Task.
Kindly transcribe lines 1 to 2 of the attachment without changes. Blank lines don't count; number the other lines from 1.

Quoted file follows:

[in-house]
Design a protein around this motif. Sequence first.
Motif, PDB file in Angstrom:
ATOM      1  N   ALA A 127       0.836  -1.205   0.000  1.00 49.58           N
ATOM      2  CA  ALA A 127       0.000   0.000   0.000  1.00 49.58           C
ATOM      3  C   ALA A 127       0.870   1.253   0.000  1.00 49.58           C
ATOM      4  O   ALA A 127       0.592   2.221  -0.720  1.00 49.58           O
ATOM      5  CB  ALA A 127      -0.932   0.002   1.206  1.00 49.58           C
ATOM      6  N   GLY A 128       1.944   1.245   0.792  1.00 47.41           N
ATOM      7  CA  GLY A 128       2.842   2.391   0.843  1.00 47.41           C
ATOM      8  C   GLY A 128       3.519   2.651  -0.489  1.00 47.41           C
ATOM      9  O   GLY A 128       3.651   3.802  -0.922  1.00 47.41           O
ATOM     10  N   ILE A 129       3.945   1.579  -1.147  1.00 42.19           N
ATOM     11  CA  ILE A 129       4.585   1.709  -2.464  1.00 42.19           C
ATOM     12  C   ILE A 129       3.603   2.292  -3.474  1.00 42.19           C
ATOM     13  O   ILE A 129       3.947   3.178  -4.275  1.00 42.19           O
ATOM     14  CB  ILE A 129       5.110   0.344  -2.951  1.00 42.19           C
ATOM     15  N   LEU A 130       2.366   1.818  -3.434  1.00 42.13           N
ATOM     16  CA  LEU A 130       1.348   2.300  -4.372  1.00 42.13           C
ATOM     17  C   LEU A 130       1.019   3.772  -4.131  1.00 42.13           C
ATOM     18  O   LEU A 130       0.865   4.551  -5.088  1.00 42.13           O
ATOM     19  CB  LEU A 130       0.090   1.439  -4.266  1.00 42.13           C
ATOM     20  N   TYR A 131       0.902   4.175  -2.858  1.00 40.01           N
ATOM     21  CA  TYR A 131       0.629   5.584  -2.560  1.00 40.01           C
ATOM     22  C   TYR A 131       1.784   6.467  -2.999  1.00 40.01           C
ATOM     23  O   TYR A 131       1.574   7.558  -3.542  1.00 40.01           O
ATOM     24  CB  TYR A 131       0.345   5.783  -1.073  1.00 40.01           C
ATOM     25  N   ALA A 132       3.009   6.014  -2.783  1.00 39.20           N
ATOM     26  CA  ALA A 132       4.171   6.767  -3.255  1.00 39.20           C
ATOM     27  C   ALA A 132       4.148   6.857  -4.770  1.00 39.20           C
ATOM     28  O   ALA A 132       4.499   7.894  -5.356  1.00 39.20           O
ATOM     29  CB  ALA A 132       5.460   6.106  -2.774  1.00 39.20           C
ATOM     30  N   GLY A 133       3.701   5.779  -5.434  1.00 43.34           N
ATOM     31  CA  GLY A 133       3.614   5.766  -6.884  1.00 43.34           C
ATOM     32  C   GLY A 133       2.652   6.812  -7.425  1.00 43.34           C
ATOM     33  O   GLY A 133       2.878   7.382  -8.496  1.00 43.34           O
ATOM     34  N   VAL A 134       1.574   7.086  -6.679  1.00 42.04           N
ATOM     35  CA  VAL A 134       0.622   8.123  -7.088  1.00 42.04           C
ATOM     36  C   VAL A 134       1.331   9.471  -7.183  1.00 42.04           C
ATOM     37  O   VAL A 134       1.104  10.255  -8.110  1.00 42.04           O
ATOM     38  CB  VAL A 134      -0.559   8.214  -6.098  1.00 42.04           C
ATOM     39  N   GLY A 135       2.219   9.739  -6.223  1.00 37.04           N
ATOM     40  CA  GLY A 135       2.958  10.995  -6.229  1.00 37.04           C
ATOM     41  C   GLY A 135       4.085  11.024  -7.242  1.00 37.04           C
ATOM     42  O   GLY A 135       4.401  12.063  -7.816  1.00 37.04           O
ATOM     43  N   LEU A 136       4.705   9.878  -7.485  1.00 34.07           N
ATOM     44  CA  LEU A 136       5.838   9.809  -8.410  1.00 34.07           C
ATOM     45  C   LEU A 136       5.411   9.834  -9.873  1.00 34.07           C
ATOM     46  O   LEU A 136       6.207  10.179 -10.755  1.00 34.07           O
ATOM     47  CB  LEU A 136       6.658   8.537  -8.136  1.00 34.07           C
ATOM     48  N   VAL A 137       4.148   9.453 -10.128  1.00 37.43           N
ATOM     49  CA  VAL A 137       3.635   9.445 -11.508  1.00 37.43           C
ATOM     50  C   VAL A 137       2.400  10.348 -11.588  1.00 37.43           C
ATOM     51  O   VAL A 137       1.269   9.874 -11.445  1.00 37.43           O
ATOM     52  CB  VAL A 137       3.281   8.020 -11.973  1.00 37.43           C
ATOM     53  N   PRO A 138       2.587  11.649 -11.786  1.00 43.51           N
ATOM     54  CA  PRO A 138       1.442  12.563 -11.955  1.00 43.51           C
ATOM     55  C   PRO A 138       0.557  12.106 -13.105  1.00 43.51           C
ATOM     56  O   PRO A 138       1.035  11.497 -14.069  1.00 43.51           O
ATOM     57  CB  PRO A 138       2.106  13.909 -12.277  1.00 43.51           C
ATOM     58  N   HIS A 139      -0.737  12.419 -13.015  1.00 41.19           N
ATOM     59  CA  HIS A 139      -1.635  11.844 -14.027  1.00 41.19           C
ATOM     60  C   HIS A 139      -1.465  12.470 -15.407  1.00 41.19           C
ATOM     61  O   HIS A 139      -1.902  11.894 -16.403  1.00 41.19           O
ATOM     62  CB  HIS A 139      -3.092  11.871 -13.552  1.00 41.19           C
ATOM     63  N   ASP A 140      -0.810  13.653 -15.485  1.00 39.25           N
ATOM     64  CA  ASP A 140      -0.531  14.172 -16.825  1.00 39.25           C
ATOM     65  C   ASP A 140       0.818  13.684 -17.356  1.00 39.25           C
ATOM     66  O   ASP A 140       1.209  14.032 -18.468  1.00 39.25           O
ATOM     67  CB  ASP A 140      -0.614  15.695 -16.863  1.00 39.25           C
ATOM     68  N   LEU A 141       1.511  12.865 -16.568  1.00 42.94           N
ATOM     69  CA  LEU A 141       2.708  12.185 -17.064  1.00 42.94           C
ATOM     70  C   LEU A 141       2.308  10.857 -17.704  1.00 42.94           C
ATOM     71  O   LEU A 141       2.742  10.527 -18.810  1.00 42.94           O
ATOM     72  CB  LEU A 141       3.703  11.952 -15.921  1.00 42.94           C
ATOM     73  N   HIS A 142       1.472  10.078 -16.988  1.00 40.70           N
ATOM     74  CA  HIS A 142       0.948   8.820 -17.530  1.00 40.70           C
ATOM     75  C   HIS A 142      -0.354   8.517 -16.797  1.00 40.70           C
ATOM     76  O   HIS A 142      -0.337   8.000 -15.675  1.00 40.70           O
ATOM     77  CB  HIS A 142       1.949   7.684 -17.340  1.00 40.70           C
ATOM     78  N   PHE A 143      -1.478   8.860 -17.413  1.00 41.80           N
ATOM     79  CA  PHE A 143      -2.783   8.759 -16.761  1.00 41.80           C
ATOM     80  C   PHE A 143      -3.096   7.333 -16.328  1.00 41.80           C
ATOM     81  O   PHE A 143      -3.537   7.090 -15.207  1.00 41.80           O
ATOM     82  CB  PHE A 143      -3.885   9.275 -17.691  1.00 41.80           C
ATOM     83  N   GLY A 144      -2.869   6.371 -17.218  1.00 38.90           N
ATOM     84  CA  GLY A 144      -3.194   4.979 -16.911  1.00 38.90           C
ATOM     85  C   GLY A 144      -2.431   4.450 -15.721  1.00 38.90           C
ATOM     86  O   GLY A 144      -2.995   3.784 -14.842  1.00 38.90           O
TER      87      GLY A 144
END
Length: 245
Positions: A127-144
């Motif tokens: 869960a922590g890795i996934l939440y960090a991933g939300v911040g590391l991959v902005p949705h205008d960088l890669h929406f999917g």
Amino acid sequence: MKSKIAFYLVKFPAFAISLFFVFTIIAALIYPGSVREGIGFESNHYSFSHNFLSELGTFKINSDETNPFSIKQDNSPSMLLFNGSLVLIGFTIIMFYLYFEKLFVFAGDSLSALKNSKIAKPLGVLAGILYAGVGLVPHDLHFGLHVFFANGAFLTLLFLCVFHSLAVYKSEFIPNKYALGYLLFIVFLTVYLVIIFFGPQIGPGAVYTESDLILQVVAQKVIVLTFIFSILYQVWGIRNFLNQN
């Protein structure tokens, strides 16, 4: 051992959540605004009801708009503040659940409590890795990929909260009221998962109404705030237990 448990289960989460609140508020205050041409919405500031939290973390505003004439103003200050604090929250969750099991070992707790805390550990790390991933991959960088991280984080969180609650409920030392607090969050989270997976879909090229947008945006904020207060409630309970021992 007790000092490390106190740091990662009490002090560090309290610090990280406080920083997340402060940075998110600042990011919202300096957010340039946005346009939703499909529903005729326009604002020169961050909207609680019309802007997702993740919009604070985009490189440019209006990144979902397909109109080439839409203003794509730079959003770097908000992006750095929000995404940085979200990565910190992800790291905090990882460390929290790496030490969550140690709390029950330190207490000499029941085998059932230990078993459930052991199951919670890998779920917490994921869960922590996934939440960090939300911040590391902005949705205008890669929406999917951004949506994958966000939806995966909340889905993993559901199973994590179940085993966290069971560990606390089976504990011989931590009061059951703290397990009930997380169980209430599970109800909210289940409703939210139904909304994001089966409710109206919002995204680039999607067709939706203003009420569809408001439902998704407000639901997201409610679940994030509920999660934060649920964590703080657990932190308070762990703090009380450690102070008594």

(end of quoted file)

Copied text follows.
[in-house]
Design a protein around this motif. Sequence first.